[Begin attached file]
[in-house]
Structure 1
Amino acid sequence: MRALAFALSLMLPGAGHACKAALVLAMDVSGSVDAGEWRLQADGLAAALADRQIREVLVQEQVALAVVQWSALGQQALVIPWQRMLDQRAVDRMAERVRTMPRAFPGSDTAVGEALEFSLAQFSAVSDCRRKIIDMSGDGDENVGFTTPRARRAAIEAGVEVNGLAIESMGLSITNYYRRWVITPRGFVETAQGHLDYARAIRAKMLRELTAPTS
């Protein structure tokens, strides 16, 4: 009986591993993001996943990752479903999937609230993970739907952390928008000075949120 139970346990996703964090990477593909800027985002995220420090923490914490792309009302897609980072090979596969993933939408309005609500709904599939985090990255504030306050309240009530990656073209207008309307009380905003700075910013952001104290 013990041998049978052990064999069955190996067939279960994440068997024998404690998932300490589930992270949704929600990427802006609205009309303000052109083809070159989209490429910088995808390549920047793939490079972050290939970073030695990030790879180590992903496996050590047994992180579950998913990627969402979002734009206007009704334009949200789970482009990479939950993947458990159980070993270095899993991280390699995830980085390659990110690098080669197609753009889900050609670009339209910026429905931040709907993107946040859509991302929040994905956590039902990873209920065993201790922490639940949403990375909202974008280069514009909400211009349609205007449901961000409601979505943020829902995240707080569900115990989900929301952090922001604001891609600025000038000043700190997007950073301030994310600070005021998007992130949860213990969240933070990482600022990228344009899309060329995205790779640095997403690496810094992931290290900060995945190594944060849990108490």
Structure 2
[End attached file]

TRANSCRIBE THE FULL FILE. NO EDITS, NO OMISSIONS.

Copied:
[in-house]
Structure 1
Amino acid sequence: MRALAFALSLMLPGAGHACKAALVLAMDVSGSVDAGEWRLQADGLAAALADRQIREVLVQEQVALAVVQWSALGQQALVIPWQRMLDQRAVDRMAERVRTMPRAFPGSDTAVGEALEFSLAQFSAVSDCRRKIIDMSGDGDENVGFTTPRARRAAIEAGVEVNGLAIESMGLSITNYYRRWVITPRGFVETAQGHLDYARAIRAKMLRELTAPTS
């Protein structure tokens, strides 16, 4: 009986591993993001996943990752479903999937609230993970739907952390928008000075949120 139970346990996703964090990477593909800027985002995220420090923490914490792309009302897609980072090979596969993933939408309005609500709904599939985090990255504030306050309240009530990656073209207008309307009380905003700075910013952001104290 013990041998049978052990064999069955190996067939279960994440068997024998404690998932300490589930992270949704929600990427802006609205009309303000052109083809070159989209490429910088995808390549920047793939490079972050290939970073030695990030790879180590992903496996050590047994992180579950998913990627969402979002734009206007009704334009949200789970482009990479939950993947458990159980070993270095899993991280390699995830980085390659990110690098080669197609753009889900050609670009339209910026429905931040709907993107946040859509991302929040994905956590039902990873209920065993201790922490639940949403990375909202974008280069514009909400211009349609205007449901961000409601979505943020829902995240707080569900115990989900929301952090922001604001891609600025000038000043700190997007950073301030994310600070005021998007992130949860213990969240933070990482600022990228344009899309060329995205790779640095997403690496810094992931290290900060995945190594944060849990108490």
Structure 2